In recognition of the individual discoverer, the software authors, the GIMPS project leaders, and every GIMPS participant's contribution, credit for the new prime goes to "Jonathan Pace, George Woltman, Scott Kurowski, Aaron Blosser, et al.".Could you be the next lucky volunteer to discover a brand new Mersenne Prime?

Volunteers download a free program to search for these primes with a cash award offered to anyone lucky enough to find a new prime. Chris Caldwell maintains an authoritative web site on the largest known primes as well an excellent history of Mersenne primes. Cooper's computer reported the prime to the server on September 17, 2015.

However, a bug prevented the email notification from being sent.

Haswell users should see a decent performance increase.

Sandy Bridge and Ivy Bridge users may also see a small speed boost due to some memory bandwidth optimizations.

GIMPS founder George Woltman, Prime Net creator Scott Kurowski, Primenet administrator Aaron Blosser, thank and congratulate all the GIMPS members that made this discovery possible.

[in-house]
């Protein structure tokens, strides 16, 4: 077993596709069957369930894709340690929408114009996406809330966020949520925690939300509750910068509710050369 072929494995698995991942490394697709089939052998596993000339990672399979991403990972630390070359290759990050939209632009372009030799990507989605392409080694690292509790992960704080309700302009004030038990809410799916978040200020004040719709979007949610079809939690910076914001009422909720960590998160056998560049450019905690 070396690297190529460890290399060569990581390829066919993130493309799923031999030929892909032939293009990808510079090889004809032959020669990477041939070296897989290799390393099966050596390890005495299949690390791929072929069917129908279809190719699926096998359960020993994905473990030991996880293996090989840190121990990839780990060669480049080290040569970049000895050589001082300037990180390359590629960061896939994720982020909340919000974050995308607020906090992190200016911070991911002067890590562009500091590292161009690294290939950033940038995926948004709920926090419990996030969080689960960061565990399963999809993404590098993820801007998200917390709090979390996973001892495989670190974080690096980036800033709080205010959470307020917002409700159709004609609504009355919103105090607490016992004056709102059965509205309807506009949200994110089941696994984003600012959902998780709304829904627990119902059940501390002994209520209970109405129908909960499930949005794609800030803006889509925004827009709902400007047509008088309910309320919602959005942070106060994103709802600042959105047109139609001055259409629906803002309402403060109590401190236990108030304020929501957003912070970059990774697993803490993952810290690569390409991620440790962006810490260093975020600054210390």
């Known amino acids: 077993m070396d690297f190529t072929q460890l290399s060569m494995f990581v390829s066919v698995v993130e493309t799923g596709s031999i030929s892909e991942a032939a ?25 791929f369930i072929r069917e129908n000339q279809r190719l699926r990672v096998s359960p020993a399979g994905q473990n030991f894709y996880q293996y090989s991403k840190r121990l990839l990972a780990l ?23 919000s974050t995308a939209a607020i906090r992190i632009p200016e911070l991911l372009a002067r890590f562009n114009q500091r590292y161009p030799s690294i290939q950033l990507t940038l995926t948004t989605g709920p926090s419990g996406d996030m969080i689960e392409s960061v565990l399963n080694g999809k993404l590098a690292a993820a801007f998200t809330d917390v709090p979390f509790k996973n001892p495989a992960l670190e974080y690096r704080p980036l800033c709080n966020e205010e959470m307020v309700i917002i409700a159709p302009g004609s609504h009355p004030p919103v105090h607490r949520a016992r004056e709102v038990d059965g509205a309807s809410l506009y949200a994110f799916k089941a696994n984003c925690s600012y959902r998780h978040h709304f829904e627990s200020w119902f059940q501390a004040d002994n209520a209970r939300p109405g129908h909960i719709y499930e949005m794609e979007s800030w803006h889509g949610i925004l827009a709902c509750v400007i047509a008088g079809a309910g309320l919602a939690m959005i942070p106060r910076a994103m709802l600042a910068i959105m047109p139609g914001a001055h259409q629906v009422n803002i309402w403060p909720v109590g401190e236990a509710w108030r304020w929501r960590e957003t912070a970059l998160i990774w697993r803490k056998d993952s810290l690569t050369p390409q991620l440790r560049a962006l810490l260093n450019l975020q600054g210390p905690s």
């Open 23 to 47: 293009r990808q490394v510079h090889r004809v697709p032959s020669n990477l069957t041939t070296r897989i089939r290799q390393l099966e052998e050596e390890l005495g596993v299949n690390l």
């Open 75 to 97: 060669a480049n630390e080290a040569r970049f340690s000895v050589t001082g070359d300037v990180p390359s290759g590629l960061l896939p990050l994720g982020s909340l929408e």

To recognize all those that contributed to this discovery, official credit goes to Cooper, Woltman, Kurowski, Blosser, et al.While prime numbers are important for cryptography, this prime is too large to currently be of practical value.However, the search itself does have several practical benefits.Thanks to all the GIMPS members that contributed their resources towards achieving this milestone.Join now to help GIMPS press onward to proving M(42643801) is the 46th Mersenne prime. Curtis Cooper, one of many thousands of GIMPS volunteers, used one of his university's computers to make the find.You'll need a reasonably modern PC and the free software at — In 2008, M(37156667) was discovered, and after 8 years GIMPS has finished checking and double-checking every smaller Mersenne number.